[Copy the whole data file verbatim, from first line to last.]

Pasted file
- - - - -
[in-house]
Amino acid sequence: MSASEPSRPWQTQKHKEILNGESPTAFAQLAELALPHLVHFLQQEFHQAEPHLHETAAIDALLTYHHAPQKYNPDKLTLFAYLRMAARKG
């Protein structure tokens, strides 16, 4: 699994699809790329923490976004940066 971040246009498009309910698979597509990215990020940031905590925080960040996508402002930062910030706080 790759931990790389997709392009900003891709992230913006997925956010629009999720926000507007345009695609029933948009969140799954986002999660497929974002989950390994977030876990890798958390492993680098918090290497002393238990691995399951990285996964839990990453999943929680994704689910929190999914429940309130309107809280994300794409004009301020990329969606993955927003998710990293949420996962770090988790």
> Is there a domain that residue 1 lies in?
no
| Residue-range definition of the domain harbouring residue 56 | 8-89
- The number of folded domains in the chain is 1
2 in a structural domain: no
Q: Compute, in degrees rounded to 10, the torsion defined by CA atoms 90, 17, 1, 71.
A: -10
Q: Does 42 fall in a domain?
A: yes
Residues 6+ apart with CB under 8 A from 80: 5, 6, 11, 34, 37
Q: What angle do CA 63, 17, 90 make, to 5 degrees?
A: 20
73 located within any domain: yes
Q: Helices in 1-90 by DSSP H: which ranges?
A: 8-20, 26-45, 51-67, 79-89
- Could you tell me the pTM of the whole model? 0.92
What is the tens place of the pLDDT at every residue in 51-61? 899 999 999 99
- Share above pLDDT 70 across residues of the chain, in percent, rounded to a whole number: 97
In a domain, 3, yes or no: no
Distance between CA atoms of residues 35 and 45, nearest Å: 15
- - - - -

[in-house]
Amino acid sequence: MSASEPSRPWQTQKHKEILNGESPTAFAQLAELALPHLVHFLQQEFHQAEPHLHETAAIDALLTYHHAPQKYNPDKLTLFAYLRMAARKG
């Protein structure tokens, strides 16, 4: 699994699809790329923490976004940066 971040246009498009309910698979597509990215990020940031905590925080960040996508402002930062910030706080 790759931990790389997709392009900003891709992230913006997925956010629009999720926000507007345009695609029933948009969140799954986002999660497929974002989950390994977030876990890798958390492993680098918090290497002393238990691995399951990285996964839990990453999943929680994704689910929190999914429940309130309107809280994300794409004009301020990329969606993955927003998710990293949420996962770090988790």
> Is there a domain that residue 1 lies in?
no
| Residue-range definition of the domain harbouring residue 56 | 8-89
- The number of folded domains in the chain is 1
2 in a structural domain: no
Q: Compute, in degrees rounded to 10, the torsion defined by CA atoms 90, 17, 1, 71.
A: -10
Q: Does 42 fall in a domain?
A: yes
Residues 6+ apart with CB under 8 A from 80: 5, 6, 11, 34, 37
Q: What angle do CA 63, 17, 90 make, to 5 degrees?
A: 20
73 located within any domain: yes
Q: Helices in 1-90 by DSSP H: which ranges?
A: 8-20, 26-45, 51-67, 79-89
- Could you tell me the pTM of the whole model? 0.92
What is the tens place of the pLDDT at every residue in 51-61? 899 999 999 99
- Share above pLDDT 70 across residues of the chain, in percent, rounded to a whole number: 97
In a domain, 3, yes or no: no
Distance between CA atoms of residues 35 and 45, nearest Å: 15